Topo Lines

Hello, I have a question for the SU Gurus.

I am struggling to create a topo mesh with the Topo Survey PDF provided by my client. The issue is that the contours in the PDF are all disconnected dashes. I have attempted to connect them manually, but it is a very slow and tedious process. Additionally, I have tried using Fredo spline tools to draw new splines using the dash lines as a template, but that is also time-consuming.

My ultimate goal is to create a mesh of the topo and place a building model on it.

Can anyone suggest an efficient way to achieve this without investing too much time, since this is just the initial proposal to land the client?

If what you have got is a vector PDF file, i would use an illustration application (Inkscape, Illustrator…) to convert the file into DWG or DXF format that can be imported into SketchUp. Then I would move the imported contour lines up the blue axis to their right elevations and use then the Sandbox from Contours tool or Fredo’s TopoShaper extension to create the terrain surface. Neither requires the contours to consist of continuous lines so “connecting the dots” should be unnecessary.

Thanks Anssi.

I will head in that direction and see how it goes. I’ll let you know.

Anssi’s method is good.
But an alternative, if it’s just for an initial meeting is to trace it manually using the freehand tool.
Then lift each line up to the desired height.
Then use sandbox to create the mesh.

This method just involves tracing, but the key is to decide what level of detail you need for each part of the site.
You only really need to trace the contours at the ridges, and bottoms of valleys, or any other specific features. If the slope is consistent then you won’t need to trace all the contours between the ridge and valley.
This should take minutes.
Then you add more contours/edges around buildings, the driveway, etc.

But there’s an even better (and potentially quicker) method to learn.

First, we must remember that contours are , themselves, a rough approximation of a surface. When computers generate a 3d surface from contours they simplify the information even further, by connecting the edges with straight lines, along the shortest or most convenient path (you’ll notice these connections don’t make sense whenever complex contours are present). Computers cannot actually understand if contours represent a ridge, or a valley, a hilltop, a road or a building.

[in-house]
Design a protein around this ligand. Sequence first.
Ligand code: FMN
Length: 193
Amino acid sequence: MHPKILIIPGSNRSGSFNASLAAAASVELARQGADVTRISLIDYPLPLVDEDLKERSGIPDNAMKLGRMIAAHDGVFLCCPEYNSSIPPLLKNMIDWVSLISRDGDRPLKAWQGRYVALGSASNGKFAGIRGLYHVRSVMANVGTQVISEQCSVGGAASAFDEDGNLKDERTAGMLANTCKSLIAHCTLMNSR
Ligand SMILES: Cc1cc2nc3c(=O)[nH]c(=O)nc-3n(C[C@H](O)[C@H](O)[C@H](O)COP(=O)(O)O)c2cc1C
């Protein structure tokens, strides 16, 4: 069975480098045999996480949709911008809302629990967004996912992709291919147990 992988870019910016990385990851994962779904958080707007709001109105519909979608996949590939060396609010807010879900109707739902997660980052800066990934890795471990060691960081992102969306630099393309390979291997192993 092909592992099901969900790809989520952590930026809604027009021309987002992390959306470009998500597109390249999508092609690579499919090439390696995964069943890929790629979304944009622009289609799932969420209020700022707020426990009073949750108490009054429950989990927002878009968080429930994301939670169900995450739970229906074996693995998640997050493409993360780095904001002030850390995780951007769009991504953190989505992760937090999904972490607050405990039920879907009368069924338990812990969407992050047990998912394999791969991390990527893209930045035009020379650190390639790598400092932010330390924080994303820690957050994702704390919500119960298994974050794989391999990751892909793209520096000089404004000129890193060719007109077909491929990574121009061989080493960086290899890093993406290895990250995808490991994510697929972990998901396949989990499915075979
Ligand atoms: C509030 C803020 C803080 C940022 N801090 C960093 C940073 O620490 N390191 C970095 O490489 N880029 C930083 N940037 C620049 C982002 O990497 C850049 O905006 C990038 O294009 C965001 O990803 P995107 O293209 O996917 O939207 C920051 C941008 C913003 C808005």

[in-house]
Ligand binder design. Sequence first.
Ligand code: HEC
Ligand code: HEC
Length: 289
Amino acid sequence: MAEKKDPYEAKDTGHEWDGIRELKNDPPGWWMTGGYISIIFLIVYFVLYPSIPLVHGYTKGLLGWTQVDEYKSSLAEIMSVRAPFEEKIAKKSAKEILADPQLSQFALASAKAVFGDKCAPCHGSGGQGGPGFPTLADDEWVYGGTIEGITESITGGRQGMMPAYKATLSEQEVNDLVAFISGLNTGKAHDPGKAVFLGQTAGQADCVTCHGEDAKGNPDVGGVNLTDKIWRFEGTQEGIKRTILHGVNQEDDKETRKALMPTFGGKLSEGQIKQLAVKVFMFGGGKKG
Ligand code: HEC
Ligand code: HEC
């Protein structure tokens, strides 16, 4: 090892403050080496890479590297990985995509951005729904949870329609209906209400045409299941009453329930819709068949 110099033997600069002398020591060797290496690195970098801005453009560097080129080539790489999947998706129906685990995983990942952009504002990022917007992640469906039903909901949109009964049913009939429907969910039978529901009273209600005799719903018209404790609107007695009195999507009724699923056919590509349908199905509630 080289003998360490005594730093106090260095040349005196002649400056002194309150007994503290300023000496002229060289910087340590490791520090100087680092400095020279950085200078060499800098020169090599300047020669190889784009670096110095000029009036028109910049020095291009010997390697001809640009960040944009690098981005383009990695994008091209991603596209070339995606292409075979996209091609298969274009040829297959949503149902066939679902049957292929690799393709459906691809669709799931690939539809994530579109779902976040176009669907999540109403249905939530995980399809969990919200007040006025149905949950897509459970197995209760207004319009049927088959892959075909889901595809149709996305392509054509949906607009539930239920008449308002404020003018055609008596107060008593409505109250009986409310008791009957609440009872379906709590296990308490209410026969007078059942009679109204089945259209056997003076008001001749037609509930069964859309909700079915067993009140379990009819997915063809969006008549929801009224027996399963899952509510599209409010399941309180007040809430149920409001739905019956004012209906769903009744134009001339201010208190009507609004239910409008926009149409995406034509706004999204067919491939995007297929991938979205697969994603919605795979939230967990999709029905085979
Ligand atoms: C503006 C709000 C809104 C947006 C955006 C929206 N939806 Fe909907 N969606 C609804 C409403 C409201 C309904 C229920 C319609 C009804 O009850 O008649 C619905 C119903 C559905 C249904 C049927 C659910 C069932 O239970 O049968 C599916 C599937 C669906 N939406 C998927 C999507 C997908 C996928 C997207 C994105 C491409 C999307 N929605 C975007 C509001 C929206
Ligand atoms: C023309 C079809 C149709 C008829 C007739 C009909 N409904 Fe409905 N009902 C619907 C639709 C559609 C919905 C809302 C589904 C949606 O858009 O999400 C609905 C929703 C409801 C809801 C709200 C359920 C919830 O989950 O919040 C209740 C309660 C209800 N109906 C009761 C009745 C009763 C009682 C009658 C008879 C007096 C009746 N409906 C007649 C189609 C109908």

People can read ridges, valley and physical features. We know if there’s a hill, or a road… So…why don’t we model it as a hill, instead of a series chunky edges?

When you trace contour lines manually you can actually add back in the missing ‘features’ by adding detail or manipulating the finished surface to define flat areas, curves or other shapes in a more realistic manner. You can also remove detail…nobody wants a surface generated from tiny edges (the surface is too complex to work with and may represent unwanted things). The SketchUp function “Simplify Contours” is handy to use, to remove the unnecessary complexity. But it then introduces yet another layer of computer-simplification and error.

Consider this diagram above where we are looking side-on at some contour lines (dark purple) and there are various possible ways of interpreting the terrain. The computer will just draw straight lines between each edge (endpoint), which is the most average method. The two possible curvers (orange and light blue) are something a human can create…and there can be quite a difference between one interpretation versus another, or versus the “average”.

In 3d modelling, we can add as much detail as we like - not just adding contours, but adding shapes in 3d. This a powerful ability and is unique to programs like SketchUp.

By adding edges, curves, points or faces to the model, according to where the physical features are, we change the terrain-making process from using Contours (a 2d-centric method) to adding “Feature Lines” (a 3d-centric method).
This involves adding edges, points (or small edges), faces and curves in 3d.

This is the sort of result you may get (orange are the feature lines):

Surfaces made from “feature lines”* are generally:

  • More accurate.
  • Result in less unnecessary geometry
  • Far easier to adjust, manipulate and edit later
  • Can provide accurate set-out edges (for example to inform construction).
  • Can create a more naturalized and realistic appearance.
  • Faster to produce (compared with tracing lots of contours and then manipulating them later).

…And, of course, once you have created a surface using whatever method you like, it’s not too difficult to then create Contours to represent that surface in 2d (or, I like to now use the 2023 LayOut function to add Spot Heights to my drawings!)

(*this is borrowing an Autodesk term…not sure what the generic team is!)

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Thank you for your very in-depth response AK_SAM.

That gives me another perspective on things.

weld dashes with vertex tools, optionally simplify the result with edge tools, then toposhaper